|Publication number||US6574074 B2|
|Application number||US 09/761,329|
|Publication date||Jun 3, 2003|
|Filing date||Jan 16, 2001|
|Priority date||Jan 16, 2001|
|Also published as||US20020093765|
|Publication number||09761329, 761329, US 6574074 B2, US 6574074B2, US-B2-6574074, US6574074 B2, US6574074B2|
|Inventors||Sanford A. Bolasna, Mike Suk|
|Original Assignee||International Business Machines Corporation|
|Export Citation||BiBTeX, EndNote, RefMan|
|Patent Citations (4), Referenced by (5), Classifications (9), Legal Events (9)|
|External Links: USPTO, USPTO Assignment, Espacenet|
The present patent application is related to the following concurrently filed and co-pending patent applications: Ser. No. 09/764,764, entitled, Magnetic Disk Drive with Offset Load/Unload Tab; and Ser. No. 09/972,043, entitled, Offset Limiter for Reducing Potential of Disk Damage During Unload Sequence in Load/Unload Disk Drive, which are incorporated herein by reference.
1. Technical Field
The present invention relates in general to an improved disk drive, and in particular to an improved air bearing design for a transducer in a disk drive.
2. Description of the Related Art
Generally, a data access and storage system consists of one or more storage devices that store data on magnetic or optical storage media. For example, a magnetic storage device is known as a direct access storage device (DASD) or a hard disk drive (HDD) and includes one or more disks and a disk controller to manage local operations concerning the disks. Disks are rigid platters that are usually made of aluminum alloy or a mixture of glass and ceramic, and are covered with a magnetic coating. Typically, two or three disks are stacked vertically on a common spindle that is turned by a disk drive motor at several thousand revolutions per minute (rpm).
The only other moving part within a typical HDD is the head stack assembly. Within most HDDs, one magnetic read/write head or slider is associated with each side of each platter and flies just above the platter's surface. Each read/write head is mounted on a suspension to form a head gimbal assembly (HGA). The HGA is then attached to a semi-rigid arm apparatus that supports the entire head flying unit. Several semi-rigid arms may be combined to form a single armature unit.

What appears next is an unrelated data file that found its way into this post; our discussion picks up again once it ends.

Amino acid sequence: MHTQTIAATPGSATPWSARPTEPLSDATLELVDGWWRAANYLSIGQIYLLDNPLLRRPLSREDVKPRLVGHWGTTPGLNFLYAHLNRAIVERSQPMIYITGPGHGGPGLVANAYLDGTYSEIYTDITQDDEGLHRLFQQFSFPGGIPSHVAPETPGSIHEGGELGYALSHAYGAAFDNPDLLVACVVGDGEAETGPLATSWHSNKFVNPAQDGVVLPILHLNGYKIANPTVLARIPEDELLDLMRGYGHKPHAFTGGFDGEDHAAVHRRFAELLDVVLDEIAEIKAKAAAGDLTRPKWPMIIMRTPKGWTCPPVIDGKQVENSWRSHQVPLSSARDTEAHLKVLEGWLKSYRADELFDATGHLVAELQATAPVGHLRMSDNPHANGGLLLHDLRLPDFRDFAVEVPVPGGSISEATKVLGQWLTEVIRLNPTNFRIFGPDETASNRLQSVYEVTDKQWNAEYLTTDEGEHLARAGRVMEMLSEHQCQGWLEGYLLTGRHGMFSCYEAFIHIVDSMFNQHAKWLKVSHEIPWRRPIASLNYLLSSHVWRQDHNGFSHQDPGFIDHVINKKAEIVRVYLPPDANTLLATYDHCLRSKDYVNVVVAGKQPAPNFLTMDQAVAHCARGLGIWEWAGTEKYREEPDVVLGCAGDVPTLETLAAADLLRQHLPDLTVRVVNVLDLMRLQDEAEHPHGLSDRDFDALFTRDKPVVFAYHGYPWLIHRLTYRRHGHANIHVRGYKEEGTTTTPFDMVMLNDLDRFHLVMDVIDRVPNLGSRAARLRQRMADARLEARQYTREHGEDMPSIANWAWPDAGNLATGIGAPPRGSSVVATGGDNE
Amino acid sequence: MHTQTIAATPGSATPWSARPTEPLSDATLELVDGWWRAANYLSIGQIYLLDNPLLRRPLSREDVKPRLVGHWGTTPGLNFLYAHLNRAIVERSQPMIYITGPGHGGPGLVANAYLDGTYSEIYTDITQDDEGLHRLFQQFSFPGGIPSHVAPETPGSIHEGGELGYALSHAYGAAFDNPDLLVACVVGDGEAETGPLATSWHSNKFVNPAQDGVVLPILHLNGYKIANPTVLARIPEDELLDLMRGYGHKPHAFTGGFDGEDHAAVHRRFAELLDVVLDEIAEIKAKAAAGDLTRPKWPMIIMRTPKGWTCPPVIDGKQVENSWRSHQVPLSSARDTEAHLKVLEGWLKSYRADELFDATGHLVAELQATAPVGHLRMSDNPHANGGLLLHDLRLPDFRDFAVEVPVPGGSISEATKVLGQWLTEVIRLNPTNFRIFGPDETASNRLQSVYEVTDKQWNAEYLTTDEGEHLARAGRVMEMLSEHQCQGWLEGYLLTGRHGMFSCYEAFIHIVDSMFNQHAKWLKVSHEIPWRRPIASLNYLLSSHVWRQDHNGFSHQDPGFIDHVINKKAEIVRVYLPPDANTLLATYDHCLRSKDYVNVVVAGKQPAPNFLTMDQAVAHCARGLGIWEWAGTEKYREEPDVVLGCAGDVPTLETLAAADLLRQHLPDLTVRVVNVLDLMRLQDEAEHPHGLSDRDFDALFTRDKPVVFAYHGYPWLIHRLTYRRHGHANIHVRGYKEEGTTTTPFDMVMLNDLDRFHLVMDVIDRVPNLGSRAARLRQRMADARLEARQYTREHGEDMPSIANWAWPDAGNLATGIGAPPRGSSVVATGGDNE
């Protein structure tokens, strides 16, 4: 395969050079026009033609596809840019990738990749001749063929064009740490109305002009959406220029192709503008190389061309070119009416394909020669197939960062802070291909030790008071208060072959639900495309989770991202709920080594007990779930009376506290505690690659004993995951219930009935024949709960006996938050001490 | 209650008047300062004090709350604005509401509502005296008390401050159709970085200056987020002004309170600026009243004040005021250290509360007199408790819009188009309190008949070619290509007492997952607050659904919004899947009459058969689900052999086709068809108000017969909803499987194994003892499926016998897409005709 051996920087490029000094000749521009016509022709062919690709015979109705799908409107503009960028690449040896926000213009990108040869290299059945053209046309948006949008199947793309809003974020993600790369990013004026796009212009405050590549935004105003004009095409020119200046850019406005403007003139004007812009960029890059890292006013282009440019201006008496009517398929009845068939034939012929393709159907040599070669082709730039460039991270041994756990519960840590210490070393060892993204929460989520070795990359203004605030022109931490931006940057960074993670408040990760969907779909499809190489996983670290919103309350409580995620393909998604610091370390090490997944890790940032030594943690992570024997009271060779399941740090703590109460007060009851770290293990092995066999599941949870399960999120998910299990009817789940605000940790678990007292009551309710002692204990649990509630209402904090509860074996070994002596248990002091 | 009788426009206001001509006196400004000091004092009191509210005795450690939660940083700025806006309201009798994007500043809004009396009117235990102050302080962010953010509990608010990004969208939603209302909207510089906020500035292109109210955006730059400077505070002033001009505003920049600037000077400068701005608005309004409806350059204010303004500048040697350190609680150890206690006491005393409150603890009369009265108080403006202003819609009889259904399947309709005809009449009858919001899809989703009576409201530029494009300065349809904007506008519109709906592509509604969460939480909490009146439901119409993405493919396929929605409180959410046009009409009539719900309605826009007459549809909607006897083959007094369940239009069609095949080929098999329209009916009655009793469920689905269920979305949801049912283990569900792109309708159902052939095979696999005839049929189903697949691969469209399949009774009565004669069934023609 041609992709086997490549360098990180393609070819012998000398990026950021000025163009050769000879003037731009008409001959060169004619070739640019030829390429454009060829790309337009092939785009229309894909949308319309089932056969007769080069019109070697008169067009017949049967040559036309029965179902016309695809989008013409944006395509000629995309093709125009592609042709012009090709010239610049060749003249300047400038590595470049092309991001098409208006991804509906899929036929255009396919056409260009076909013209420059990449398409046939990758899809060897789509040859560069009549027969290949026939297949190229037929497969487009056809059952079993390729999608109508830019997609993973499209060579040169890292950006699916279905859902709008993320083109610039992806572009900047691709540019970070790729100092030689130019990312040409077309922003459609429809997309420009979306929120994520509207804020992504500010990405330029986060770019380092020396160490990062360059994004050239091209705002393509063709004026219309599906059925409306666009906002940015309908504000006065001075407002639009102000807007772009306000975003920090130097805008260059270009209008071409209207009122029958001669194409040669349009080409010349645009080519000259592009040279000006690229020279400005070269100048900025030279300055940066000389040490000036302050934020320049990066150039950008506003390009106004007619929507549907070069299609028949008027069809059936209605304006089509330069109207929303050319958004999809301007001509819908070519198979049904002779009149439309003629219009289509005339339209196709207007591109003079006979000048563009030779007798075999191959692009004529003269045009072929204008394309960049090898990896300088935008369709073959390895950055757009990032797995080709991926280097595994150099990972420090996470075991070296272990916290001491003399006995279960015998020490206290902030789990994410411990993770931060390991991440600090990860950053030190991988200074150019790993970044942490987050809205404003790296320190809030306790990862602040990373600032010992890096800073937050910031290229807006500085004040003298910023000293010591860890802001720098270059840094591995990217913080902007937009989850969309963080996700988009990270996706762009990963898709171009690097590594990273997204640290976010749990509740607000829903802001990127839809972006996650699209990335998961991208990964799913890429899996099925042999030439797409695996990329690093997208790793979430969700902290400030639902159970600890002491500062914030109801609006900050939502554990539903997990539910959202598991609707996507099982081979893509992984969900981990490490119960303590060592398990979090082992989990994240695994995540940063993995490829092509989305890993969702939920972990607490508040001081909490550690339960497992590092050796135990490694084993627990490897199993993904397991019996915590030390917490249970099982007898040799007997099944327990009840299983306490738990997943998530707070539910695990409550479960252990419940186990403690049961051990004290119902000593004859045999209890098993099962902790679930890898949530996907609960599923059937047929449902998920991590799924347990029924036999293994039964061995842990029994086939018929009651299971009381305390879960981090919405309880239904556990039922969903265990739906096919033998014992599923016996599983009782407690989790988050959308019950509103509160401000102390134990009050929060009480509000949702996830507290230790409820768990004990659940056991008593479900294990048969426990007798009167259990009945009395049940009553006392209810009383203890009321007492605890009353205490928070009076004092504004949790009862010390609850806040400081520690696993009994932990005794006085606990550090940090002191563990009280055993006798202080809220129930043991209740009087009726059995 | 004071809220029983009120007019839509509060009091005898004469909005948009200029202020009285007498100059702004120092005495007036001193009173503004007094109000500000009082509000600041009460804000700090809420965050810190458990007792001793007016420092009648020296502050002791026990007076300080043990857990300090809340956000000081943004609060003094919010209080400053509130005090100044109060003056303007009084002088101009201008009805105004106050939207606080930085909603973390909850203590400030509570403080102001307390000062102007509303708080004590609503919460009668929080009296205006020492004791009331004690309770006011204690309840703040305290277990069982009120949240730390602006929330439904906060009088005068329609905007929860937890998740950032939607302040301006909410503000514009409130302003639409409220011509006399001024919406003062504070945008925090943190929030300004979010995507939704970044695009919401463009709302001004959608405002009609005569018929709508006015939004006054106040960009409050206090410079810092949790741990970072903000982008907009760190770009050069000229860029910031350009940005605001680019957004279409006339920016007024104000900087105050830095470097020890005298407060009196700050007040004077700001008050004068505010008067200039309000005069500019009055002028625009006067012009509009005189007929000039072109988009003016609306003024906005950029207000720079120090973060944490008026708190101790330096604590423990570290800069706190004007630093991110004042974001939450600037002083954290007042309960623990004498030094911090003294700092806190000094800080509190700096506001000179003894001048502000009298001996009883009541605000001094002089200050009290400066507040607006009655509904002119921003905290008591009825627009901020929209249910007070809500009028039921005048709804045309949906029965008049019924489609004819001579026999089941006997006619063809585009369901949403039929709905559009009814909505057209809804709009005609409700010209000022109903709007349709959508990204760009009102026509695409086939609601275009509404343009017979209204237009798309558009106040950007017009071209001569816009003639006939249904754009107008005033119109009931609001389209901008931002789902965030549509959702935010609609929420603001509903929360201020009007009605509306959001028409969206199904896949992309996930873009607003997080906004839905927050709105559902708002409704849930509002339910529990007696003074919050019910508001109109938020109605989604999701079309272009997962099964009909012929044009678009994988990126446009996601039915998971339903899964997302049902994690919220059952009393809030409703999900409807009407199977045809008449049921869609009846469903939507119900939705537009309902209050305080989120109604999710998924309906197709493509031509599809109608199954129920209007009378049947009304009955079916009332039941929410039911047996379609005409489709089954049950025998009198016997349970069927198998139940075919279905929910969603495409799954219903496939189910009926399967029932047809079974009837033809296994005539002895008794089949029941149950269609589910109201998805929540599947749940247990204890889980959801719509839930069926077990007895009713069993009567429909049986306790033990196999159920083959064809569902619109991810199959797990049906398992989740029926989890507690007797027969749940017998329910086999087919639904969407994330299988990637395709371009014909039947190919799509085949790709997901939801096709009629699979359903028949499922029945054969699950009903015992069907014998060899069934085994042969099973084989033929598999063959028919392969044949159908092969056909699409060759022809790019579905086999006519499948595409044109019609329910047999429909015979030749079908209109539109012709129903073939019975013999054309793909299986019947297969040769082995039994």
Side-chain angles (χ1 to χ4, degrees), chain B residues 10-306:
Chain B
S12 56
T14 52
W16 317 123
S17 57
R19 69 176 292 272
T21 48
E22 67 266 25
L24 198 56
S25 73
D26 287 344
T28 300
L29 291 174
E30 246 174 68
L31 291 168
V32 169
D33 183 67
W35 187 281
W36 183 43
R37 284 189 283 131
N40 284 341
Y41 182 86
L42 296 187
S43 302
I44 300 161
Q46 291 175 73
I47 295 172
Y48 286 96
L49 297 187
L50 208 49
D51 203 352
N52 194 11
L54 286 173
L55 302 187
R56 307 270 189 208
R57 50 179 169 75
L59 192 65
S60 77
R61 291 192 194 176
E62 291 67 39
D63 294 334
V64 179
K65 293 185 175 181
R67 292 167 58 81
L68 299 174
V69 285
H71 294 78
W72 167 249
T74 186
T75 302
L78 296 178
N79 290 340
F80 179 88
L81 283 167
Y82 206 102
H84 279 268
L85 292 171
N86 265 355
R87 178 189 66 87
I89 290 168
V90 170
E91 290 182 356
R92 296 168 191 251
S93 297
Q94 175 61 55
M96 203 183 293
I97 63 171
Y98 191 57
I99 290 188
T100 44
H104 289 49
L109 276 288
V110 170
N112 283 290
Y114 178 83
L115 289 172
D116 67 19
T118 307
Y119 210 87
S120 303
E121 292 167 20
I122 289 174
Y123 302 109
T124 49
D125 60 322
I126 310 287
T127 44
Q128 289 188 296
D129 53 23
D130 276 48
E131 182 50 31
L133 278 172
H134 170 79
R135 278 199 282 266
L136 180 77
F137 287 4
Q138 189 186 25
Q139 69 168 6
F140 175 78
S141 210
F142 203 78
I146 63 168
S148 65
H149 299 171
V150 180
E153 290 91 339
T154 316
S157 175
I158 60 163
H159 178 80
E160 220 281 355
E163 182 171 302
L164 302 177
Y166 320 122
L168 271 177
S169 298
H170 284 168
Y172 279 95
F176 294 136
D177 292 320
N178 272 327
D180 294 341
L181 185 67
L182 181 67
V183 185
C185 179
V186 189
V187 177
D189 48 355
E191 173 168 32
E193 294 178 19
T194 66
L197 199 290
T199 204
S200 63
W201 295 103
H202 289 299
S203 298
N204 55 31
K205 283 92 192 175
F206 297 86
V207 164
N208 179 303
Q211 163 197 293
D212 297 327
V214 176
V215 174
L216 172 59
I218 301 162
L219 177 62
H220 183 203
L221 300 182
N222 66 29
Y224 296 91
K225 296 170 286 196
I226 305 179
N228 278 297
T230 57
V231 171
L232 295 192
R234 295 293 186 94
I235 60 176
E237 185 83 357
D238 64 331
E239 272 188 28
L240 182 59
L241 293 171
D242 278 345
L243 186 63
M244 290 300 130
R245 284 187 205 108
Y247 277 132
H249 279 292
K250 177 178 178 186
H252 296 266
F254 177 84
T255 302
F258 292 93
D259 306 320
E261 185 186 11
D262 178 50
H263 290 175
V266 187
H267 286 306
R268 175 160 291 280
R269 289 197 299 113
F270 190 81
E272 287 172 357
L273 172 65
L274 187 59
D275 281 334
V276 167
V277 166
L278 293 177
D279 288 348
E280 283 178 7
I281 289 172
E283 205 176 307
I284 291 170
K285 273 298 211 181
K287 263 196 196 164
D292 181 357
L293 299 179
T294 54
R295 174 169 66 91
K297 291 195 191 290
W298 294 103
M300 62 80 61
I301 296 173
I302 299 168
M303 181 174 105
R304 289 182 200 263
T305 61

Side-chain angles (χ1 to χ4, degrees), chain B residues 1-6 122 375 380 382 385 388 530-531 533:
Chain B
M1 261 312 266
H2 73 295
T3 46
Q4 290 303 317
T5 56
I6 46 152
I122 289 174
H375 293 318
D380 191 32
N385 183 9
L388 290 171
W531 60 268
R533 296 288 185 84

Each read/write head scans the surface of a disk during a “read” or “write” operation. The head and arm assembly is moved utilizing an actuator that is often a voice coil motor (VCM). The stator of a VCM is mounted to a base plate or casting on which the spindle is also mounted. The base casting is in turn mounted to a frame via a compliant suspension. When current is fed to the motor, the VCM develops force or torque that is substantially proportional to the applied current. The arm acceleration is therefore substantially proportional to the magnitude of the current. As the read/write head approaches a desired track, a reverse polarity signal is applied to the actuator, causing the signal to act as a brake, and ideally causing the read/write head to stop directly over the desired track.
To successfully achieve file performance, the read/write head must fly steadily at a given fly height over the disk with minimal variations. Since the variations in fly height are dependent on the various sensitivities of the fly height to the process parameters as well as the variability of the parameters, a state-of-the-art air bearing surface (ABS) design technology and tight process control are mandatory to minimize such variations. Common dominant process parameters affecting fly height include head-gimbal assembly moments, crown and etch depths.
In the prior art, the disk and carbon overcoat on the slider are subject to extensive wear during start/stop cycles. Recent designs have employed load/unload technology to reduce this problem, where a ramp is provided for each slider/suspension assembly at the inner or outer diameter of the disk where the slider is parked. However, during the loading/unloading sequence, the sliders may still contact the disks. In order to read or write data in the load/unload zone (near the outer radial edges of the disks), the inner diameter corners/edges of the slider must not contact the disk surface. Even for systems that do not write data in the load/unload zone, it is desirable to avoid the inner diameter edges of the slider contacting the disk surface since the slider will need to fly over this zone. Thus, further improvements for disk drive components are needed to enhance performance and reduce the potential for data erasure.